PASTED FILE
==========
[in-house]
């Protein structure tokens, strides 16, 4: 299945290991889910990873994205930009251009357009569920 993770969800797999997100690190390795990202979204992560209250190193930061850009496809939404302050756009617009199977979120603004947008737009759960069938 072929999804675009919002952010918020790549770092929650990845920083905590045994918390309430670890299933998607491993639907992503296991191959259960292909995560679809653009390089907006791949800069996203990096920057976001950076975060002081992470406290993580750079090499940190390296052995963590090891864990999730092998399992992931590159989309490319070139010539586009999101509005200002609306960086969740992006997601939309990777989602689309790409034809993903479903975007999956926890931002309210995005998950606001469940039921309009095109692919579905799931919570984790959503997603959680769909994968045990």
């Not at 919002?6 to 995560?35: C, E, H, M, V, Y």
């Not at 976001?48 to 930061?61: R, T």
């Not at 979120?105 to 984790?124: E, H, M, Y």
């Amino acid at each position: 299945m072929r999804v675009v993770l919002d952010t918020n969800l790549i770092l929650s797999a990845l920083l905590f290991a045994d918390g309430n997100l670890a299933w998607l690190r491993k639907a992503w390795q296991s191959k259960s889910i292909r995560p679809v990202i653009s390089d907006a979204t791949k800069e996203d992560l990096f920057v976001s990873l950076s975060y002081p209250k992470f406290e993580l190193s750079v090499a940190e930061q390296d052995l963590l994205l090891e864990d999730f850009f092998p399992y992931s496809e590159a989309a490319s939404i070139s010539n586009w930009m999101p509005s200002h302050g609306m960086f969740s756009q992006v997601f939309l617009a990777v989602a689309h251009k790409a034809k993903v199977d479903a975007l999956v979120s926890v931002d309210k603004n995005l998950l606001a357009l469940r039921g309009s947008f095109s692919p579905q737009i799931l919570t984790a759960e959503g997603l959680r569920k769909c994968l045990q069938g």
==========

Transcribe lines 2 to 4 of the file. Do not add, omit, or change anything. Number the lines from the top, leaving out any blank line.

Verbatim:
């Protein structure tokens, strides 16, 4: 299945290991889910990873994205930009251009357009569920 993770969800797999997100690190390795990202979204992560209250190193930061850009496809939404302050756009617009199977979120603004947008737009759960069938 072929999804675009919002952010918020790549770092929650990845920083905590045994918390309430670890299933998607491993639907992503296991191959259960292909995560679809653009390089907006791949800069996203990096920057976001950076975060002081992470406290993580750079090499940190390296052995963590090891864990999730092998399992992931590159989309490319070139010539586009999101509005200002609306960086969740992006997601939309990777989602689309790409034809993903479903975007999956926890931002309210995005998950606001469940039921309009095109692919579905799931919570984790959503997603959680769909994968045990």
């Not at 919002?6 to 995560?35: C, E, H, M, V, Y």
């Not at 976001?48 to 930061?61: R, T």